OAKLAND (AP) — An executive with an Ohio manufacturer has said steel bolts used on a troubled new span of the San Francisco-Oakland Bay Bridge were made exactly to specifications.
Experts have spent the past two months trying to determine why 32 of 96 bolts broke after they were tightened in March.
A report released on May 7 by Caltrans suggests the bridge design team ordered a type of steel that under some conditions could become brittle and fracture.
"Our customers give us the specifications, and we make parts to these specifications," Dyson Corp. sales director Dustin Johnson told the publication American Metal Market, the Contra Costa Times (http://bit.ly/14ZAIDe) reported Thursday.
Johnson also said the Caltrans report "exonerates" his company,
Caltrans spokesman Will Shuck said Dyson's choice of the word exonerates surprised him.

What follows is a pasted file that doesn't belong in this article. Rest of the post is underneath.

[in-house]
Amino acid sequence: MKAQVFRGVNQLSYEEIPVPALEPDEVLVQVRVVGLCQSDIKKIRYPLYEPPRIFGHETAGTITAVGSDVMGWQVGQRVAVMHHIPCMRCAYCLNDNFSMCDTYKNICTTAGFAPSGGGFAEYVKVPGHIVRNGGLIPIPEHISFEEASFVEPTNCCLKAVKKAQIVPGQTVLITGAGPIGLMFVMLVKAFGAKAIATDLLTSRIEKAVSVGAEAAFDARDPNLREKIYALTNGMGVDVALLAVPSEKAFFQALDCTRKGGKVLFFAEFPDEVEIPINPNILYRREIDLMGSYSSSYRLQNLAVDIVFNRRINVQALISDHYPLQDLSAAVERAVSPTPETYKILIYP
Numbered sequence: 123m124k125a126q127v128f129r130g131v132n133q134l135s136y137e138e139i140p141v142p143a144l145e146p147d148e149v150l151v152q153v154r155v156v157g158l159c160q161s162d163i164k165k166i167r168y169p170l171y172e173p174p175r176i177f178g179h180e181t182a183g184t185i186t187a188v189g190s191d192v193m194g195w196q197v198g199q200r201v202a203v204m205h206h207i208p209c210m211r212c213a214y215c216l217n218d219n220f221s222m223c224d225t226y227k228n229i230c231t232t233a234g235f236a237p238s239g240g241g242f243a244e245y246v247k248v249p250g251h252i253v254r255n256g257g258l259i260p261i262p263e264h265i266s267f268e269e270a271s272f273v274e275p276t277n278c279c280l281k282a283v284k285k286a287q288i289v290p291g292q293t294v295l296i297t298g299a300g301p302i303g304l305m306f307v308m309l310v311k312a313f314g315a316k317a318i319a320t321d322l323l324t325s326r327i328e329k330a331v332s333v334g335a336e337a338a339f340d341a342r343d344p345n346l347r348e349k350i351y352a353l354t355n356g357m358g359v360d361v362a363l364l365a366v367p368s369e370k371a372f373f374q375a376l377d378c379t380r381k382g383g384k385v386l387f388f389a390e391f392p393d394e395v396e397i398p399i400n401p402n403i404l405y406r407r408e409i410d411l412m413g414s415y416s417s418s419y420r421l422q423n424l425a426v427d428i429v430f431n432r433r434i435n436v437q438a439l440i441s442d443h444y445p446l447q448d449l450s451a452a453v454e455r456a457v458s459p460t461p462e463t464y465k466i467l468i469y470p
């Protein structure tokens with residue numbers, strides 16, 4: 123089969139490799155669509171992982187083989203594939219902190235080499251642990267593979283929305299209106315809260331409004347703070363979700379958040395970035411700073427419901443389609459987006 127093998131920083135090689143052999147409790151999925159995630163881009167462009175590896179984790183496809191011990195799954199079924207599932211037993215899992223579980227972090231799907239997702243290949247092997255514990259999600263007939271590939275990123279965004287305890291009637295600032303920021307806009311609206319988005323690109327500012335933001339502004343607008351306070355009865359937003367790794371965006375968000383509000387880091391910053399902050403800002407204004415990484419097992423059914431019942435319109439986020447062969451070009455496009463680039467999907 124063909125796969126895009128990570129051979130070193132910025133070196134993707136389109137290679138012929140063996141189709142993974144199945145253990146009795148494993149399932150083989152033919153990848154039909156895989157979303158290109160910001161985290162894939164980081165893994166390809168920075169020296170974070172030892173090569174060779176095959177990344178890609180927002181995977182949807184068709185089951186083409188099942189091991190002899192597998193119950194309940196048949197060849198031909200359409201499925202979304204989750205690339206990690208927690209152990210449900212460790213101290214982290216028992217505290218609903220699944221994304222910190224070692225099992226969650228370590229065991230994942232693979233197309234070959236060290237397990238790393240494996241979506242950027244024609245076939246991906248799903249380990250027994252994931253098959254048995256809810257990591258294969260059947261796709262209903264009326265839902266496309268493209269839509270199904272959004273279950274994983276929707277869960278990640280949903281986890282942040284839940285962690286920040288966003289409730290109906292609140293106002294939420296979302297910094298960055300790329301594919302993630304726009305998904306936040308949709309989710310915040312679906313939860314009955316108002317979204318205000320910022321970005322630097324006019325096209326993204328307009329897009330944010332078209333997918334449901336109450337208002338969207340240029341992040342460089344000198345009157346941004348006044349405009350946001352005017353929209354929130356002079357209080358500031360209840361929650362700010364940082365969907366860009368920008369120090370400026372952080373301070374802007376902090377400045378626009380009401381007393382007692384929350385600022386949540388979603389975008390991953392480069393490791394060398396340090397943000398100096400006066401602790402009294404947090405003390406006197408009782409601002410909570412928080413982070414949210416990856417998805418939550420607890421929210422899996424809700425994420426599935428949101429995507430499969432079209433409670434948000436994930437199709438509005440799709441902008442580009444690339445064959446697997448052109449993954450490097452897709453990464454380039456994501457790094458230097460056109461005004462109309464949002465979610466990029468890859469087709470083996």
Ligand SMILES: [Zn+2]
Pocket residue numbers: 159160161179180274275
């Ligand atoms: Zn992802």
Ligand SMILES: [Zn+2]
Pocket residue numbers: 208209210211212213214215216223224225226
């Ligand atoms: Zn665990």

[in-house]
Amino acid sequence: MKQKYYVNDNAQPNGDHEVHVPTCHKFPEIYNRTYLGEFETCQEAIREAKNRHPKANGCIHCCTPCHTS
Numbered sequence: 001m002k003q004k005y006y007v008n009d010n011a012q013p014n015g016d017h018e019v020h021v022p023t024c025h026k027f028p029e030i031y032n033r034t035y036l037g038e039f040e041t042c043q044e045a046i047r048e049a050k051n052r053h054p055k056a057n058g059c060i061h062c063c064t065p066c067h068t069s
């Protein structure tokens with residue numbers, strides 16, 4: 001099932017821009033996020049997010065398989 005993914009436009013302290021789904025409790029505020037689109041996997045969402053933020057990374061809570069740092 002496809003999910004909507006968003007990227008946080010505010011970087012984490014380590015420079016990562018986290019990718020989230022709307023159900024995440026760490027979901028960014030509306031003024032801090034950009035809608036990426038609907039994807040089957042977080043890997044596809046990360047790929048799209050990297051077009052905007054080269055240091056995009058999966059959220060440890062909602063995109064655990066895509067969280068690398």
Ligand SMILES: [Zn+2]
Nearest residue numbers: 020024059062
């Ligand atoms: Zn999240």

"I don't think we've accused anybody of anything," Shuck told the newspaper. "Caltrans and the (bridge) partners are focused on their investigation and to moving forward with their solution."
The newspaper also reported that Dyson President Brian Rawson recently said in a video statement that the company had met its obligations and the Caltrans report confirms it.
"Through this report and mutual internal investigations, it was concluded that the Dyson Corp. met its requirements on fulfilling its order to the specifications requested," Rawson said.
On Thursday, workers began drilling holes for special saddles that will hold strands of steel rope.
The rods, an earthquake safety feature, are part of the new $6.3 billion project to replace a span damaged in the 1989 Loma Prieta earthquake.
Caltrans estimated the repairs could cost as much as $10 million. It's unclear if the repairs will be completed in time for the bridge's scheduled opening on Sept. 3.